by Andrew Haines
Yesterday night’s GOP debate marked—according to co-moderator Major Garrett—the first real debate of the 2012 election season. Of course, this came as a shock to those who’d followed the previous ten or eleven meetings of presidential hopefuls. All in all, things Saturday kept pretty tame: no gaffes, no derisions, and no… wait, what was the third thing, again?
Still, something of the latest event, co-sponsored by CBS News and National Journal, was a little different. And anyone who watched could sense it.
Billed as the “Commander in Chief” debate, a single thread of foreign policy-related questions propelled the entire hour-and-a-half-long webcast. The undercurrent, it’s clear, was to force candidates to “think outside the box,” and to depart from talking points in favor of on-the-fly arguments and assessments. On the surface, at least, it seemed to work: no mention of “999” or the Federal Reserve, to speak of.
But the restricted scope of discussion, along with the overt aim of promoting candid remarks, ultimately backfired. Far from the Anderson Cooper rugby match of last month, Saturday’s moderators virtually pinned down and pummeled candidates on some of the toughest questions imaginable: “Why is Pakistan vacillating?” “Would you send troops across their borders?” “Is waterboarding torture?”
While any contender for the presidency should be willing and able to give straight answers to serious questions, it’s a fact that some questions just don’t make the cut. Asking once whether or not a war with Iran is “worth it” is a pretty aggressive conversation starter. Insisting—with another 30 seconds—that it be answered directly is just bullying.
What began as an admirable attempt to get candidates thinking on their feet ended up as a strange roast. Hard-hitting questions quickly became one-two combos.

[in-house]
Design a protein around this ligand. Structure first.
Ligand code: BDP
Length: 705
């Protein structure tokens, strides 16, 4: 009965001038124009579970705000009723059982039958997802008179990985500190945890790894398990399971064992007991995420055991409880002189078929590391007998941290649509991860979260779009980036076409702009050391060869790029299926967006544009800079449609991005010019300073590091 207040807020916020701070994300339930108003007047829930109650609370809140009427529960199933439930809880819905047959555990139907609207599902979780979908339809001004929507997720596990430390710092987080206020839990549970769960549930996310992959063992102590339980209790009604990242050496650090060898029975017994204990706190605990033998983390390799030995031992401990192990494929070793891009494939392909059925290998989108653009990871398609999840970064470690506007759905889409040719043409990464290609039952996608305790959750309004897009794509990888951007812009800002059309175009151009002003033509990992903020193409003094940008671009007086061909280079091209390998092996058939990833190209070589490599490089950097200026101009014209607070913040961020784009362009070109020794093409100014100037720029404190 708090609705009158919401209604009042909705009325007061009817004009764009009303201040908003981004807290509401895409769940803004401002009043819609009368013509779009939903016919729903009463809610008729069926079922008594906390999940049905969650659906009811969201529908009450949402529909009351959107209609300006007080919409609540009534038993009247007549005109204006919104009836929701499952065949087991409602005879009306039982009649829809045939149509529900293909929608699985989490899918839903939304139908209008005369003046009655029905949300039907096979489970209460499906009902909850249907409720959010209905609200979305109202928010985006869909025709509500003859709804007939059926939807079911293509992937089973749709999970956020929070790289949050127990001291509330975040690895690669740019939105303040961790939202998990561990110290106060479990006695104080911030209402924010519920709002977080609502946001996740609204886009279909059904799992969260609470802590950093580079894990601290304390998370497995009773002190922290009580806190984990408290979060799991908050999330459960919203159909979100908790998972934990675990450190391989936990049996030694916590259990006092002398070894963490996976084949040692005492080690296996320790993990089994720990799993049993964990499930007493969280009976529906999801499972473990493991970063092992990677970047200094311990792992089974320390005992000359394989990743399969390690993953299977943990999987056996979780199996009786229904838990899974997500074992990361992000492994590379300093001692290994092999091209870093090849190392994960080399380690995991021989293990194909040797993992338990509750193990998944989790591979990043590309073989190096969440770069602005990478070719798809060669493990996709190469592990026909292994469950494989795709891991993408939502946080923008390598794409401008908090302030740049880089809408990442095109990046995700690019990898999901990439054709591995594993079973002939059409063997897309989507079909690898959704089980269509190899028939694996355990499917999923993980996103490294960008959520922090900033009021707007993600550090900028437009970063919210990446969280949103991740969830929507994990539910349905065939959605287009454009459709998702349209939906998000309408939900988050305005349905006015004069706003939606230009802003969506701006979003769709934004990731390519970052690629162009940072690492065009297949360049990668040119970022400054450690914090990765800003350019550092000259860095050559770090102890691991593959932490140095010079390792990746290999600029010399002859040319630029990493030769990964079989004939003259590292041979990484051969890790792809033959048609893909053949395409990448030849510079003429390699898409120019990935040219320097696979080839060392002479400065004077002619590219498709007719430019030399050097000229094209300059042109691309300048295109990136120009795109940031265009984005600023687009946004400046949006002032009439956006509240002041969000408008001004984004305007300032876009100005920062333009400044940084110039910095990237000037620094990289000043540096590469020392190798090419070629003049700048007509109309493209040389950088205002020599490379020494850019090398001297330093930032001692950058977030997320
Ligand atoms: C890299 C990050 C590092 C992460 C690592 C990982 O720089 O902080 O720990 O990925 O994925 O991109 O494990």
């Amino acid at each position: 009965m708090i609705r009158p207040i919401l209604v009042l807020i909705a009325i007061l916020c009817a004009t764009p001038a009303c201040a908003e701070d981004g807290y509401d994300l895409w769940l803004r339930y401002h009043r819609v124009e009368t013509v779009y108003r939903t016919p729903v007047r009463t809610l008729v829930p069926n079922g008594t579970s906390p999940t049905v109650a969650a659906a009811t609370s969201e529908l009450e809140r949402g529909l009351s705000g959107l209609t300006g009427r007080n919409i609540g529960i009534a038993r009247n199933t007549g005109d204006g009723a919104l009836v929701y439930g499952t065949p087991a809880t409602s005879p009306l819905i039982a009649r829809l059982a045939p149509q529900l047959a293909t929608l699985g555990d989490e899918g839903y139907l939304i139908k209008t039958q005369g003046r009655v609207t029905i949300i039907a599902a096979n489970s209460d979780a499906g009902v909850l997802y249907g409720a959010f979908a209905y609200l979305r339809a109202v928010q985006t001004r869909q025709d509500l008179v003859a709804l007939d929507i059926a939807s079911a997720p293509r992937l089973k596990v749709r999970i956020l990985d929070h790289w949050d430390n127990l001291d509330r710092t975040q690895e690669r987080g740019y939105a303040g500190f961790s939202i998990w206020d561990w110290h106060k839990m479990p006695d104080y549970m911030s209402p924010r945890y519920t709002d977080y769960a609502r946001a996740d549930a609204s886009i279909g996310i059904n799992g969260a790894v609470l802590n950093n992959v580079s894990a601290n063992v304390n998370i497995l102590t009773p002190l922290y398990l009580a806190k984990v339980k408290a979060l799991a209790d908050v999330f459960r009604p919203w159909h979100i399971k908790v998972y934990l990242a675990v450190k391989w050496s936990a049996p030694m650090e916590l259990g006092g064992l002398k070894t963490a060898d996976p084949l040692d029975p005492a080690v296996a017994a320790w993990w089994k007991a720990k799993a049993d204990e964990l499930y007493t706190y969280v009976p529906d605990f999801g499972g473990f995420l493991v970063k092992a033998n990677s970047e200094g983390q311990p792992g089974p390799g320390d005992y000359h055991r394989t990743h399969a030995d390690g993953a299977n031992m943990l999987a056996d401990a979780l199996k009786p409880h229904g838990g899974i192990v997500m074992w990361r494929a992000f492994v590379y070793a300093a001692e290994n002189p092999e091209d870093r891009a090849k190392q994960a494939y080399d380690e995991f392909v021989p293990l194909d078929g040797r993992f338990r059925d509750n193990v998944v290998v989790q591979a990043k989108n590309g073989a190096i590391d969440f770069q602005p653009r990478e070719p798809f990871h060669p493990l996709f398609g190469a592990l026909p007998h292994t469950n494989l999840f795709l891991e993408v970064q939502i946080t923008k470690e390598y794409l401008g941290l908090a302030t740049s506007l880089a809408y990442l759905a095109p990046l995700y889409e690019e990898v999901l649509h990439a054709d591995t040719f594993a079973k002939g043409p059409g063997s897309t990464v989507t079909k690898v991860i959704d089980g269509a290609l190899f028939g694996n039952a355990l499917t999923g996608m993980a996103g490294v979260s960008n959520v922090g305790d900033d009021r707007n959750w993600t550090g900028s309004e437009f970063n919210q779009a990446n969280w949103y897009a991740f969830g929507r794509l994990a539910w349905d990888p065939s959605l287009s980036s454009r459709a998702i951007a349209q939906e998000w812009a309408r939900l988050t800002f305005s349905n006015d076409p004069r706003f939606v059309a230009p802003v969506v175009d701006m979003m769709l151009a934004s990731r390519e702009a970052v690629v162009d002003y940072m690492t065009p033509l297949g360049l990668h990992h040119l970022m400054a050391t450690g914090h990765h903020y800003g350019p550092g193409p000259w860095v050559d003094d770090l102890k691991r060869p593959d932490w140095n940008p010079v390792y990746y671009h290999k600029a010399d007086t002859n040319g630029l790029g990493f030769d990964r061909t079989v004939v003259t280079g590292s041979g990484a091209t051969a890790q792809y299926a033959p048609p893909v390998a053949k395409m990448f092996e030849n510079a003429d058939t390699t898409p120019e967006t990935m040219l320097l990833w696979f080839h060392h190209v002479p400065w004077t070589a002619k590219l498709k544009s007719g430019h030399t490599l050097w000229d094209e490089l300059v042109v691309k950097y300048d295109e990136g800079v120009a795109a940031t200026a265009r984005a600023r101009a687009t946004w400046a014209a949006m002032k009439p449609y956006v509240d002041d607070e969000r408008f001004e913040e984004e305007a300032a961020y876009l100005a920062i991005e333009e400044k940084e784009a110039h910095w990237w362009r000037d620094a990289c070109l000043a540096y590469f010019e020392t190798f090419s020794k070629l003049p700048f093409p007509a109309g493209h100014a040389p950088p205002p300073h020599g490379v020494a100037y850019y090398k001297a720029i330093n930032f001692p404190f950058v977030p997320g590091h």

What we really learned from the “first” debate of the season had less to do with any one candidate’s position, and more to do with our cultural sensibilities regarding serious conversations. No doubt, TV ratings are important, and there’s nothing like sticking it to ’em to boost those. But there’s an underlying component to the questions asked that mirrors rather closely the feelings of so many Americans, in general. If we’re going to have a serious debate, after all, we’d better ask the most divisive, challenging questions we can muster.
The problem with this sort of thinking is that, while it’s powerful, it’s also short-sighted. At bottom, it asks for a lot of output on the receiving end, and very little input from the questioner. We expect our leaders to be critical thinkers, but are we willing to do a little critical thinking, ourselves? (I submit that anyone who believes a question like “Is invading Iran worth it?” can be answered with a simple “yes” or “no” isn’t too familier with critical analysis.)
The main job of a debate moderator is not only to ask questions, but to ask questions that will advance genuine discussion and inform viewpoints. Last night, we got a taste of what happens when the desire for controversy overpowers an appreciation for nuance, prudence, and diplomacy. In a quest for easy-to-understand answers, easy-to-confuse topics are made ever more ambiguous and uncertain.
As members of a civil society, we all play the role of debate moderator—and contender—throughout the course of daily life. Keeping the goal of social stability and the common good in mind—and recognizing what happens when those ideals slip—we should work especially hard not to so quickly separate the power of asking questions from the requisite clear-thinking and prudence that’s so essential for answering them.
Andrew Haines is president of the Center for Morality in Public Life, and a leading contributor at Ethika Politika. He is currently working to complete his PhD in philosophy at The Catholic University of America. Andrew lives in Virginia with his wife, Kathleen, and their son.